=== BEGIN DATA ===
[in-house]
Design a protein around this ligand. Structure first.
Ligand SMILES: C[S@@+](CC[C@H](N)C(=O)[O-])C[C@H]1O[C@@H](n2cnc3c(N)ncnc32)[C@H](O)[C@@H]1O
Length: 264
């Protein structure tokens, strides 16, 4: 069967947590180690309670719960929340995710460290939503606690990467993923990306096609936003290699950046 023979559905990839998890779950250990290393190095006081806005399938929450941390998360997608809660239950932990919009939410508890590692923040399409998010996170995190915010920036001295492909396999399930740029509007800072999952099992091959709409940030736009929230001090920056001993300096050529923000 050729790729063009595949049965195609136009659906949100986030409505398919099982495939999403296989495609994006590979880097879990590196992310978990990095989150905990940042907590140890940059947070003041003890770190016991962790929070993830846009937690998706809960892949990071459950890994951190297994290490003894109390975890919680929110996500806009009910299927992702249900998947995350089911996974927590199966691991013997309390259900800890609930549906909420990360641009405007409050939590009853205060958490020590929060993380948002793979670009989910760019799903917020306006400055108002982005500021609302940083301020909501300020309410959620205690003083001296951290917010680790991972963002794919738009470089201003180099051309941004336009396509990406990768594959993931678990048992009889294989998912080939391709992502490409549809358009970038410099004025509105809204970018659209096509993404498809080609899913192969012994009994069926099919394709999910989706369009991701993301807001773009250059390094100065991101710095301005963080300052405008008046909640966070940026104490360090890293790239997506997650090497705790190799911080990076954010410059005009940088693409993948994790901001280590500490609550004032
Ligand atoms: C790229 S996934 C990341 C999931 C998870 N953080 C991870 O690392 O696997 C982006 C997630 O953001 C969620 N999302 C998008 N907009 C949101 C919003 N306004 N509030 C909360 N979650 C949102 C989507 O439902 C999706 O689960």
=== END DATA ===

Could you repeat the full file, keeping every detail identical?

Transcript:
[in-house]
Design a protein around this ligand. Structure first.
Ligand SMILES: C[S@@+](CC[C@H](N)C(=O)[O-])C[C@H]1O[C@@H](n2cnc3c(N)ncnc32)[C@H](O)[C@@H]1O
Length: 264
């Protein structure tokens, strides 16, 4: 069967947590180690309670719960929340995710460290939503606690990467993923990306096609936003290699950046 023979559905990839998890779950250990290393190095006081806005399938929450941390998360997608809660239950932990919009939410508890590692923040399409998010996170995190915010920036001295492909396999399930740029509007800072999952099992091959709409940030736009929230001090920056001993300096050529923000 050729790729063009595949049965195609136009659906949100986030409505398919099982495939999403296989495609994006590979880097879990590196992310978990990095989150905990940042907590140890940059947070003041003890770190016991962790929070993830846009937690998706809960892949990071459950890994951190297994290490003894109390975890919680929110996500806009009910299927992702249900998947995350089911996974927590199966691991013997309390259900800890609930549906909420990360641009405007409050939590009853205060958490020590929060993380948002793979670009989910760019799903917020306006400055108002982005500021609302940083301020909501300020309410959620205690003083001296951290917010680790991972963002794919738009470089201003180099051309941004336009396509990406990768594959993931678990048992009889294989998912080939391709992502490409549809358009970038410099004025509105809204970018659209096509993404498809080609899913192969012994009994069926099919394709999910989706369009991701993301807001773009250059390094100065991101710095301005963080300052405008008046909640966070940026104490360090890293790239997506997650090497705790190799911080990076954010410059005009940088693409993948994790901001280590500490609550004032
Ligand atoms: C790229 S996934 C990341 C999931 C998870 N953080 C991870 O690392 O696997 C982006 C997630 O953001 C969620 N999302 C998008 N907009 C949101 C919003 N306004 N509030 C909360 N979650 C949102 C989507 O439902 C999706 O689960």